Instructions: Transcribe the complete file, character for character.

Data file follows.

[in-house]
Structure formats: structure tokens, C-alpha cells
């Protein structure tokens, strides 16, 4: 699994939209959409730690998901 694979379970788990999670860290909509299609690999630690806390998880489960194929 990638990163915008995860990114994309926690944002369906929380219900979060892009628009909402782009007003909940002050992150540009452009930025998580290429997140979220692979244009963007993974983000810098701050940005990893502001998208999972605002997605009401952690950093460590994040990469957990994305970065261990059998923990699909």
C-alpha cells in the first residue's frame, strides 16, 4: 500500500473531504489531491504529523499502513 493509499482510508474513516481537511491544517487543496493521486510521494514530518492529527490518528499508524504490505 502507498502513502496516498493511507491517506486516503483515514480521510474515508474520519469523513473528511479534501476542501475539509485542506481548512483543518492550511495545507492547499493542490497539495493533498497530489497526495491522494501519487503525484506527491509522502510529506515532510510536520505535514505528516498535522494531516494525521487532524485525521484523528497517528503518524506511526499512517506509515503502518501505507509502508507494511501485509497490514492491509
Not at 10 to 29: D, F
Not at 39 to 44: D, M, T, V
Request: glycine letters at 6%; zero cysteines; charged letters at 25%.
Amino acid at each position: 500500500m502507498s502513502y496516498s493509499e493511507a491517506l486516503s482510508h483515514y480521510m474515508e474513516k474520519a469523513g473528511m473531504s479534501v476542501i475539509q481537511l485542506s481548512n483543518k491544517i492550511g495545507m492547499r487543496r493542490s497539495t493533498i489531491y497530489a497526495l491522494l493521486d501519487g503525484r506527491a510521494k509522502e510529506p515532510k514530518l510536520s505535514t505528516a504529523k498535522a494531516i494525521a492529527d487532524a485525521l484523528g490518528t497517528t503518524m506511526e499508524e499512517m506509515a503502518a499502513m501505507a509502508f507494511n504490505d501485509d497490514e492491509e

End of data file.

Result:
[in-house]
Structure formats: structure tokens, C-alpha cells
């Protein structure tokens, strides 16, 4: 699994939209959409730690998901 694979379970788990999670860290909509299609690999630690806390998880489960194929 990638990163915008995860990114994309926690944002369906929380219900979060892009628009909402782009007003909940002050992150540009452009930025998580290429997140979220692979244009963007993974983000810098701050940005990893502001998208999972605002997605009401952690950093460590994040990469957990994305970065261990059998923990699909």
C-alpha cells in the first residue's frame, strides 16, 4: 500500500473531504489531491504529523499502513 493509499482510508474513516481537511491544517487543496493521486510521494514530518492529527490518528499508524504490505 502507498502513502496516498493511507491517506486516503483515514480521510474515508474520519469523513473528511479534501476542501475539509485542506481548512483543518492550511495545507492547499493542490497539495493533498497530489497526495491522494501519487503525484506527491509522502510529506515532510510536520505535514505528516498535522494531516494525521487532524485525521484523528497517528503518524506511526499512517506509515503502518501505507509502508507494511501485509497490514492491509
Not at 10 to 29: D, F
Not at 39 to 44: D, M, T, V
Request: glycine letters at 6%; zero cysteines; charged letters at 25%.
Amino acid at each position: 500500500m502507498s502513502y496516498s493509499e493511507a491517506l486516503s482510508h483515514y480521510m474515508e474513516k474520519a469523513g473528511m473531504s479534501v476542501i475539509q481537511l485542506s481548512n483543518k491544517i492550511g495545507m492547499r487543496r493542490s497539495t493533498i489531491y497530489a497526495l491522494l493521486d501519487g503525484r506527491a510521494k509522502e510529506p515532510k514530518l510536520s505535514t505528516a504529523k498535522a494531516i494525521a492529527d487532524a485525521l484523528g490518528t497517528t503518524m506511526e499508524e499512517m506509515a503502518a499502513m501505507a509502508f507494511n504490505d501485509d497490514e492491509e